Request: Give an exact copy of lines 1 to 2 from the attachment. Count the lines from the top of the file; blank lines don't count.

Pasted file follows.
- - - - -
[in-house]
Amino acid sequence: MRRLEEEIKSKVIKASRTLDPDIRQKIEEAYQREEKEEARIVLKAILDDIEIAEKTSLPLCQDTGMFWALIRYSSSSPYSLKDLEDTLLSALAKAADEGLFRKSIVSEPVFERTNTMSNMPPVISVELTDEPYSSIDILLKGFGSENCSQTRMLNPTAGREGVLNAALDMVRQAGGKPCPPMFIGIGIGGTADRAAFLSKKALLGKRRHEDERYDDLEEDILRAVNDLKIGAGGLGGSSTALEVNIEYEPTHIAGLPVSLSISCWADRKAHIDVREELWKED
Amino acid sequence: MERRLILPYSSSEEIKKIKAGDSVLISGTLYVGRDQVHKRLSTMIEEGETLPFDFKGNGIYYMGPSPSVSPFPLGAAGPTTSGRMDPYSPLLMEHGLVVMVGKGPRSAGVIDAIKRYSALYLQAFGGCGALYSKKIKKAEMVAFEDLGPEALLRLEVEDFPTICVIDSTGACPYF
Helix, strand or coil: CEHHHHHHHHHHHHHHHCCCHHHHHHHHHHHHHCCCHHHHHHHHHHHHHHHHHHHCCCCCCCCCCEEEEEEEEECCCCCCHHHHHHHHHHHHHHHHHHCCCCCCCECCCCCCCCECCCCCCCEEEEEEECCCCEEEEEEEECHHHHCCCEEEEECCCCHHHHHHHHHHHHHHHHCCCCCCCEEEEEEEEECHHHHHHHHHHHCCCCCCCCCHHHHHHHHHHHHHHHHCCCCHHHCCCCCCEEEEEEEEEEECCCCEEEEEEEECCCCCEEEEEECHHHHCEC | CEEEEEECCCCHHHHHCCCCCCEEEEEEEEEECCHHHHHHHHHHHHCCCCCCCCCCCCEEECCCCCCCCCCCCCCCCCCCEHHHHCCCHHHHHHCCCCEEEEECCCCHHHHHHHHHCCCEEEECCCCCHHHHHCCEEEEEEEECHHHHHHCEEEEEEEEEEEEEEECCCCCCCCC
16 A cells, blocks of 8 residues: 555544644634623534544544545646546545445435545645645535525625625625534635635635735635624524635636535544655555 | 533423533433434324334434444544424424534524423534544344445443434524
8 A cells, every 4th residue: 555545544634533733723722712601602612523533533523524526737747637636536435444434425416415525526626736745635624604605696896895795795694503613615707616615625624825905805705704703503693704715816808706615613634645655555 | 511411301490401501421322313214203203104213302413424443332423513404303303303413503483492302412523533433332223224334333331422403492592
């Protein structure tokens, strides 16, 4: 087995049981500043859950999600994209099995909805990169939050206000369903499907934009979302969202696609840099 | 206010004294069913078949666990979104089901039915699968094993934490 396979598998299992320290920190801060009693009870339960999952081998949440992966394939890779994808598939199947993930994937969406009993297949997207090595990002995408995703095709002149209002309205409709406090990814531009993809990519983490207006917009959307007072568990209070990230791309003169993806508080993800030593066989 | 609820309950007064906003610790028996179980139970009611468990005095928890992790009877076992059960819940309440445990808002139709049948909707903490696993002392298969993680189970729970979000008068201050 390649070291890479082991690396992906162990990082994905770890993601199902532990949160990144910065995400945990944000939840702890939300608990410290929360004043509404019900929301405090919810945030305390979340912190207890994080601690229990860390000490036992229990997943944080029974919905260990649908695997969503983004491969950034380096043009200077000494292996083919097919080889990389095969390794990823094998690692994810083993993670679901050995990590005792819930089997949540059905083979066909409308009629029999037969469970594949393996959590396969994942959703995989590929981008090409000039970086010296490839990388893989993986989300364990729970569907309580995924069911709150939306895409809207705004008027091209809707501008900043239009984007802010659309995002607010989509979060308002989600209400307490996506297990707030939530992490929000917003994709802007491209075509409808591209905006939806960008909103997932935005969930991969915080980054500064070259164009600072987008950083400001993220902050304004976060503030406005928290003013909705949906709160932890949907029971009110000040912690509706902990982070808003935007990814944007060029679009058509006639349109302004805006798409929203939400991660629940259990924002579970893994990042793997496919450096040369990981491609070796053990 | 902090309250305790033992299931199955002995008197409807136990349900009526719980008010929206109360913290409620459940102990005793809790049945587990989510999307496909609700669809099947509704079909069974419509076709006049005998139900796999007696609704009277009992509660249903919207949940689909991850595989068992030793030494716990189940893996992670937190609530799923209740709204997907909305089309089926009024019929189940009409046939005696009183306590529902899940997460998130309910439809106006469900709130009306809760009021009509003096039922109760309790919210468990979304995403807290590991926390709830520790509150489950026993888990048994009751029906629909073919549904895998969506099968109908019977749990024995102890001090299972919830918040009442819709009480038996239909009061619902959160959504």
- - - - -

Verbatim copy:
[in-house]
Amino acid sequence: MRRLEEEIKSKVIKASRTLDPDIRQKIEEAYQREEKEEARIVLKAILDDIEIAEKTSLPLCQDTGMFWALIRYSSSSPYSLKDLEDTLLSALAKAADEGLFRKSIVSEPVFERTNTMSNMPPVISVELTDEPYSSIDILLKGFGSENCSQTRMLNPTAGREGVLNAALDMVRQAGGKPCPPMFIGIGIGGTADRAAFLSKKALLGKRRHEDERYDDLEEDILRAVNDLKIGAGGLGGSSTALEVNIEYEPTHIAGLPVSLSISCWADRKAHIDVREELWKED